Florence Cassassuce, who won a DM2006 grant ($170,310) for her UV buckets to disinfect water in rural Mexico, shared her on-the-ground experiences during this morning's opening ceremonies.
Ricardo Hernandez Murillo, Senior Environmental Specialist with the World Bank in Mexico, is the winner of the DM2008 Project Advisor Award.
Global Development Marketplace 2008 kicked off this morning with a warm welcome by Katherine Sierra, Vice President of Sustainable Development at the World Bank, to the 100 finalists representing 42 countries and event visitors.
Shree Krishna Updadhyay, Executive Chairman of the finalist Support Activities for Poor Producers of Nepal (SAPPOS-Nepal), and his colleague Govind Koirala appear to have logged the longest travel times to DM2008.
Monique Barbut, CEO and Chairwoman of the Global Environment Facility -- the largest funder of projects to improve the global environment and one of the funders of Development Markektplace 2008 -- talked about GEF's role in the grant competition.
Q. GEF deals with multimillion-dollar programs. DM2008's projects are in the $200,000 or less range. Why are they important to GEF?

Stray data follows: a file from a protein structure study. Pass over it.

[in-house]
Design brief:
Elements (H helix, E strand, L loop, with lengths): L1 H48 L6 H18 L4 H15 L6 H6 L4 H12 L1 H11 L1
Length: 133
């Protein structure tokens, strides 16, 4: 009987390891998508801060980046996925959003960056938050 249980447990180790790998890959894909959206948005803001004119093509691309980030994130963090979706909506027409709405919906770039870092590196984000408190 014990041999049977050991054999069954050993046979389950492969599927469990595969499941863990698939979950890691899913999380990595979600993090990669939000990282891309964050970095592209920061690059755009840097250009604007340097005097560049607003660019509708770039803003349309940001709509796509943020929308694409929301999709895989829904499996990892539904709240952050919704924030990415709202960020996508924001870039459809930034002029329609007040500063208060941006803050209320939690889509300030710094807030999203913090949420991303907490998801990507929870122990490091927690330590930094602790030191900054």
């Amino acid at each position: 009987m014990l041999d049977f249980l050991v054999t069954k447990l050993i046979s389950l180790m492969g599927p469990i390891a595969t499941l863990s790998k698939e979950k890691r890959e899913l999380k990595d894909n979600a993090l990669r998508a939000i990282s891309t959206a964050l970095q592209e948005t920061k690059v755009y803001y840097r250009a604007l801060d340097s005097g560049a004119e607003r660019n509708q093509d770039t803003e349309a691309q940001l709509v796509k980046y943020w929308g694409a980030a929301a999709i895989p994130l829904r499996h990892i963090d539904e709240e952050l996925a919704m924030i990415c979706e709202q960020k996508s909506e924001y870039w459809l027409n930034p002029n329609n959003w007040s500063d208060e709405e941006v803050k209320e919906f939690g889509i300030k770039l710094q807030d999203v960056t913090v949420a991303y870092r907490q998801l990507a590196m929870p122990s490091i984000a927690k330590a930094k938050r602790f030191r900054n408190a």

The project implementation of lighting for the Kondh tribes, was one speckled with many a issue. There were issues with production of light to the maintenance and user fee collection.
I was greatly excited when the DM team suggested that I join the blog and share my experiences on the subject of ‘Lighting for the poor” and the Development Marketplace.
Communication is not just about communicating, at least not in the development context. My personal experiences, where I applied communication in a number of projects in different areas, such as agriculture, environment, rural development, etc., confirm what is cited also in relevant studies. Many of the failures in the development context can be attributed to two major factors: the lack of or insufficient involvement of stakeholders from the beginning of the initiative and the lack of or insufficient use of communication in the project activities.
Less-developed countries need many things – but, in most cases, nothing greater or more urgent than productive agriculture. Most of the world’s poorest people -- the 2.6 billion who try to survive on less than $2 a day – are family farmers whose small plots are unproductive and generally cut off from growing export markets. If these families could make the leap from subsistence to market-driven farming, world poverty would decline exponentially. It’s a big "if."